AVR Hardware and Software Setup
In this tutorial we will look at the basic setup required to get started with AVR series of microcontrollers. There are two aspects to it, the software and the hardware. Fortunately, we for AVR there are free software tools available and even some of it is open-source! In this entire tutorial series we will be demonstrating the hardware on aspects on Ultra AVR Development board and also on breadboard and Starter AVR development board wherever possible. Having said that we will release all the schematics and code for you to hack and build on your own.
- Atmel Studio 6.2: This is complete software suite from Atmel; it is an integrated development Environment that allows you to write C/C++ programs, complies with a free AVRGCC compiler and produces hex files. You can download it here. Choose the download option according to your existing setup.
- The Programming Software: The programming SW is required to transfer hex file to the target MCU. There are various options available depending on the programmer you’re using. In this tutorial series we will be using Xplore Flash. There are other software that you could also try
Setting up Atmel Studio 6:
- The first section Creating a new project describes, a fresh new project without any additional configurations.
- The second section show importing libraries, this would be helpful if you're trying to use library files created by Explore Embedded or anyone else and importing them in your projects.
- The third section show very important additional configurations that you need to make in order to compile and run the programs the right way.
Creating a new project
Importing Library files
Steps below show how to set up AVR studio the right way and import a Explore Embedded Library files
Step 9* Step 1: Open the Avr Atmel Studio-6 and select the new project from File Menu as shown below.
- Step 2: Browse to your project folder and provide the project name and click on Ok.
- Step 3: Once the project is saved a new dialog box “Device Selection” opens, Select Atmega32 and click OK.
- Step 4: Once the project is successfully created the below window opens with the initil .c file .
- Note: The initial file name will be same as project name.
- Step 5: Write your program using the library functions and save it.
- Note: Include the respective header files before calling any library functions.
- Step 6: Add the library files (.c,.h) to the project as shown below.
- Note: Copy the library files into the project folder before including them into the project
- Step 7: Add the Source (.c) and header( .h) files by browsing to the project folder.
- Step 8: The included library files can be seen in Solution Explorer on the right side.
- Step 9: Compile the project by clicking on Build Solution from Build menu (or press F7). Project complies if there are no errors. If there are any errors fix them and re-compile.
Additional Configuration* Step 10: Configure the Controller Freq by selecting the project properties from Project menu.
- Note: As the Inbuilt delay routines as used the freq needs to be specified to generate accurate delays
- Step 11: Select the Symbols from Tool Chain menu and Click on Add Item in Defined Symbols(-D) box.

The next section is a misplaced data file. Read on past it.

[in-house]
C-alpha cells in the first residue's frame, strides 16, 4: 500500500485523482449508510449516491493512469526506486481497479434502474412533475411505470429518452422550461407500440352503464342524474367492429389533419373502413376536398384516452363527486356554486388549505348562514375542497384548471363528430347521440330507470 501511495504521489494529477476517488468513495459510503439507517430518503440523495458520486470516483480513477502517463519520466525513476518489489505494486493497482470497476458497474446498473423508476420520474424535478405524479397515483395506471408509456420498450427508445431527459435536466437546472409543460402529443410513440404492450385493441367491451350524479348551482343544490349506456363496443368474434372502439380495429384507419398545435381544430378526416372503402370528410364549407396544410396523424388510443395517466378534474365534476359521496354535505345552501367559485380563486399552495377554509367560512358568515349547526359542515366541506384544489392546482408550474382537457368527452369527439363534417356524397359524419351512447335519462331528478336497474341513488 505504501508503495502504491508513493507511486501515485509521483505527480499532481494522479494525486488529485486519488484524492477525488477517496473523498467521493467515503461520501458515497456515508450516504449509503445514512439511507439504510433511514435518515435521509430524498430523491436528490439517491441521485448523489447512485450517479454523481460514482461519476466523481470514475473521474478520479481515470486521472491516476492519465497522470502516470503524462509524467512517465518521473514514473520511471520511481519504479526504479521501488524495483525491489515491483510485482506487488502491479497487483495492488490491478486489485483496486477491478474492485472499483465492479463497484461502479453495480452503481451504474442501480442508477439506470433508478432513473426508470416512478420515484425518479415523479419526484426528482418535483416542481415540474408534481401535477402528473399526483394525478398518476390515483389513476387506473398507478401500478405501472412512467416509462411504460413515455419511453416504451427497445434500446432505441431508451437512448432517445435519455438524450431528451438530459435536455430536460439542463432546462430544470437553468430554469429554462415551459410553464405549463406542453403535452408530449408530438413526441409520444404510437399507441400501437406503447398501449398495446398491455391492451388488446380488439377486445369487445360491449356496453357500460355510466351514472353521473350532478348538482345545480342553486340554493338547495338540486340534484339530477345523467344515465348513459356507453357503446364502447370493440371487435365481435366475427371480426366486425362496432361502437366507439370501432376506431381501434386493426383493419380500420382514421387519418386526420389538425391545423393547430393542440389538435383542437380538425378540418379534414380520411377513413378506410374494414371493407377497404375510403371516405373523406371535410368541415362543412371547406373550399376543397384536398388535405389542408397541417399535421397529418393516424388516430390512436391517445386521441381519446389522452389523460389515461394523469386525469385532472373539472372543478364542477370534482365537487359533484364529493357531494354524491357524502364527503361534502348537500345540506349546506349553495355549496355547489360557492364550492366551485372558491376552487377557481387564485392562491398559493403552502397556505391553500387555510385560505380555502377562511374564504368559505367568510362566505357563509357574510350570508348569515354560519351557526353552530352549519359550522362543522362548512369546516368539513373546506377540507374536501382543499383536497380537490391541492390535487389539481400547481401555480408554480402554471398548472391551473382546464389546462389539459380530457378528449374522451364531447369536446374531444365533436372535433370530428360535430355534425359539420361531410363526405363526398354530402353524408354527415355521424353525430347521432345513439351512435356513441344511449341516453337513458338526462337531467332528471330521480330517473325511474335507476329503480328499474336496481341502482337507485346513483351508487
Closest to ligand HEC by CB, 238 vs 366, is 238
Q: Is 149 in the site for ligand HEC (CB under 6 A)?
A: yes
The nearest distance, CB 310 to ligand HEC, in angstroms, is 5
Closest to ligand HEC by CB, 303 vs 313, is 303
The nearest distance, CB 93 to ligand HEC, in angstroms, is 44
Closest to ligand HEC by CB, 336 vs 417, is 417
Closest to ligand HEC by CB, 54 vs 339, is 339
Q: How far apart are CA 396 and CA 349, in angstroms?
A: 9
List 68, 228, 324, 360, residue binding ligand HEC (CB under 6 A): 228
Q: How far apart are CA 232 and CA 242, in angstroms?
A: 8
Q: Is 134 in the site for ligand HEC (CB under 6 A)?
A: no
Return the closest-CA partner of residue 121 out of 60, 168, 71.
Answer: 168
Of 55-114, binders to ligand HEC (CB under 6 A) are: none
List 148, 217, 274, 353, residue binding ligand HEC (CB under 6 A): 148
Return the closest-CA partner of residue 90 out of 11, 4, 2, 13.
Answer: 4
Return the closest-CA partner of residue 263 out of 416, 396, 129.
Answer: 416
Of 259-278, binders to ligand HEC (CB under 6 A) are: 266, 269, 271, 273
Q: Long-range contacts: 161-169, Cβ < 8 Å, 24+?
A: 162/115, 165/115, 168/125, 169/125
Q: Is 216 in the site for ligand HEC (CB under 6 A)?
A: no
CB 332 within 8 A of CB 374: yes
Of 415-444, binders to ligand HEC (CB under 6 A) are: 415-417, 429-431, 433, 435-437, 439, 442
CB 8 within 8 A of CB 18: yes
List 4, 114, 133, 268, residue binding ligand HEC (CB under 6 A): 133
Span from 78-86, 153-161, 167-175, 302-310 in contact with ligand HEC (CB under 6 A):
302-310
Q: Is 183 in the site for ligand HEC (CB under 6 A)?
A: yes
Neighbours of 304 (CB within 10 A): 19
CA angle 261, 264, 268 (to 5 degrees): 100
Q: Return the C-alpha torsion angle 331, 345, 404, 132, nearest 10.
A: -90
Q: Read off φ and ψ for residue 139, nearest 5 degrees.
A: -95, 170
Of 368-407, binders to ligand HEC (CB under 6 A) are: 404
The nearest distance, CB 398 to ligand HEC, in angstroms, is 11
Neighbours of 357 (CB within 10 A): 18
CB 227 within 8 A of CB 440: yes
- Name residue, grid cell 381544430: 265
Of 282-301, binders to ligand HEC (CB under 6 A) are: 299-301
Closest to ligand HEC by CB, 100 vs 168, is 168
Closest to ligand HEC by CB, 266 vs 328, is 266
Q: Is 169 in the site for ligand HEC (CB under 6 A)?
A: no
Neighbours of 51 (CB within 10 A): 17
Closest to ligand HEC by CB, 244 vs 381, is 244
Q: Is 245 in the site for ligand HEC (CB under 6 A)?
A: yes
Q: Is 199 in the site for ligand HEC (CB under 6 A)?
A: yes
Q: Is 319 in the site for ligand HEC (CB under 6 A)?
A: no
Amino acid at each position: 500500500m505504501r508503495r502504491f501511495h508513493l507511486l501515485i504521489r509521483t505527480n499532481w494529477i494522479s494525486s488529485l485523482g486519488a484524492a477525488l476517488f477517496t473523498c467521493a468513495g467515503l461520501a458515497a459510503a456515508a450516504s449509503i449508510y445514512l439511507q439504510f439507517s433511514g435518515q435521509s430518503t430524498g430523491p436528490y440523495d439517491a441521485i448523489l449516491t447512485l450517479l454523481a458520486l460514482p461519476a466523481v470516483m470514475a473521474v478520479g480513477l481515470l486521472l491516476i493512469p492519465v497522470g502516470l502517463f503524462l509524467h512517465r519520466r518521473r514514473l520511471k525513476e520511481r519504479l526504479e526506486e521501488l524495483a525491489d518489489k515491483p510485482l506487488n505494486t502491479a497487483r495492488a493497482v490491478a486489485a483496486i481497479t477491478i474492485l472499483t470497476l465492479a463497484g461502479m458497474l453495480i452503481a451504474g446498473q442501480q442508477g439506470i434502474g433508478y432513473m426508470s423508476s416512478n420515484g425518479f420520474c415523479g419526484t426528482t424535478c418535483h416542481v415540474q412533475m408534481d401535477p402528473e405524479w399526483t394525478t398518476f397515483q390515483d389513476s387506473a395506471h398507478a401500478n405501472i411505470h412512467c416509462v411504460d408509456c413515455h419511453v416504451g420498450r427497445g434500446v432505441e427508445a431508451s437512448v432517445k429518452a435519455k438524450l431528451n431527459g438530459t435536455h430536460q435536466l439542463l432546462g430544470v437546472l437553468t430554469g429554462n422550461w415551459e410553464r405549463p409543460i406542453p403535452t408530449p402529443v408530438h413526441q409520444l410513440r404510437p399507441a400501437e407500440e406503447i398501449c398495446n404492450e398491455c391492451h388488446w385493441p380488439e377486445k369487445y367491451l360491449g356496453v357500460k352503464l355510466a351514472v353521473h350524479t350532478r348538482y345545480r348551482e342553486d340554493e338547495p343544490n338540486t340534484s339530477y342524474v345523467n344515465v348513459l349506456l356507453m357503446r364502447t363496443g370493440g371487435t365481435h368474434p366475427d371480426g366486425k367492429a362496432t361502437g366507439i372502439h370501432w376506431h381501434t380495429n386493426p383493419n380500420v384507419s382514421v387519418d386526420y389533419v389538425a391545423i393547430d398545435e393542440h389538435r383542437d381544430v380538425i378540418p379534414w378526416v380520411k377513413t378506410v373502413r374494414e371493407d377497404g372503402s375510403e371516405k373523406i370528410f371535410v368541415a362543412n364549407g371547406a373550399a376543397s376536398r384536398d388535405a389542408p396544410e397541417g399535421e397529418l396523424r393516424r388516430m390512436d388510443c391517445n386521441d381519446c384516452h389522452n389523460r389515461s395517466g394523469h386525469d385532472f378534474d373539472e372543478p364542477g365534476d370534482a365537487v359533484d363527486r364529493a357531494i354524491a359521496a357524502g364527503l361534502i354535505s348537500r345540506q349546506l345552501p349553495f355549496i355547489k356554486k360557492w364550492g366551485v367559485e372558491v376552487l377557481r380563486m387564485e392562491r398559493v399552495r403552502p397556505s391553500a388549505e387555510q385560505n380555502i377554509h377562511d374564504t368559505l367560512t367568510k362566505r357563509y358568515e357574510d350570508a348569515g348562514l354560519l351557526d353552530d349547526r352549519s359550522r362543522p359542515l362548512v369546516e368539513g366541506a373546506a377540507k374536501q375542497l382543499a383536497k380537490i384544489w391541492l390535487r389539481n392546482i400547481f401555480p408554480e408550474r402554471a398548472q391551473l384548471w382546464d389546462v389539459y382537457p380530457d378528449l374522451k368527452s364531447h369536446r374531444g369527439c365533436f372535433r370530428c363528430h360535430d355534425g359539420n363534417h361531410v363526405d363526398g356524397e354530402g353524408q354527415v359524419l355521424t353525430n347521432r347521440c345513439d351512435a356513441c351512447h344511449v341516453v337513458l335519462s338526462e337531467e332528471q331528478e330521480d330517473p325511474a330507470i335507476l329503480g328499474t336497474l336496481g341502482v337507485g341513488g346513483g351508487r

- Step 12: Provide the Controller (Target Board) frequency as F_CPU=xxx Hz .In this case it is 11.0592Mhz.
- Step 13: Configuring the optimization levels: Select the Optimization from Tool Chain menu. Select the required optimization level from drop down. Refer WinAvr/GCC documents for more optimization details.
- Step 14: Selecting the target tool chain: Select the Advanced option on the left side, now click the link shown in blue color Tools->Options->Tool chain ->Flavor Configuration.
- Step 15: From the drop down select WinAVR and set it as Default tool chain by clicking on “Set As Default”.
- Note: Above two Steps ( 14 & 15) needs to be performed for the first time, ie till the WinAVR is configured as default Tool chain .
- Step 16: Finally recompile after all configurations. Hex file will be generated with the project name in the selected
- Project->Debug folder.
- Once the hex file is generated check the steps under Using XploreFlash to transfer it to target MCU.
Programming the AVR Microcontrollers
AVR microcontrollers can be programmed in the following ways.
- SPI: Most development boards have a either of two pin breakouts. This uses Micrcontrollers SPI lines to flash the hex file. Note that it requires a external programmer like the USBasp . Check our AVR_USBasp_Programmer
- Bootloader: Most AVR micrcontrollers have bootloader, the bootloader has tiny program which moniters the serial port of the micrcontroller and checks if there is a command from the computer to program the internal flash of the micrcontroller. This elimates the need of a external programmer. Our Starter_AVR_USB and Mini_AVR_USB are examples of such development boards which do not need an external programmer to transfer the hex file from the computer to the microcontroller.
Hardware ToolsWe will be using the following hardware tools in the entire tutorial series.
- AVR Development Kit: This Kit includes MCU as well as programmer with a lot of peripherals.
- Explore Starter Kit for AVR: This kit does not require a programmer, it comes with boot-loader. No soldering is required to experiment with it.
- AVR USBasp Programmer: Can also be used to transfer hex file to your custom development board.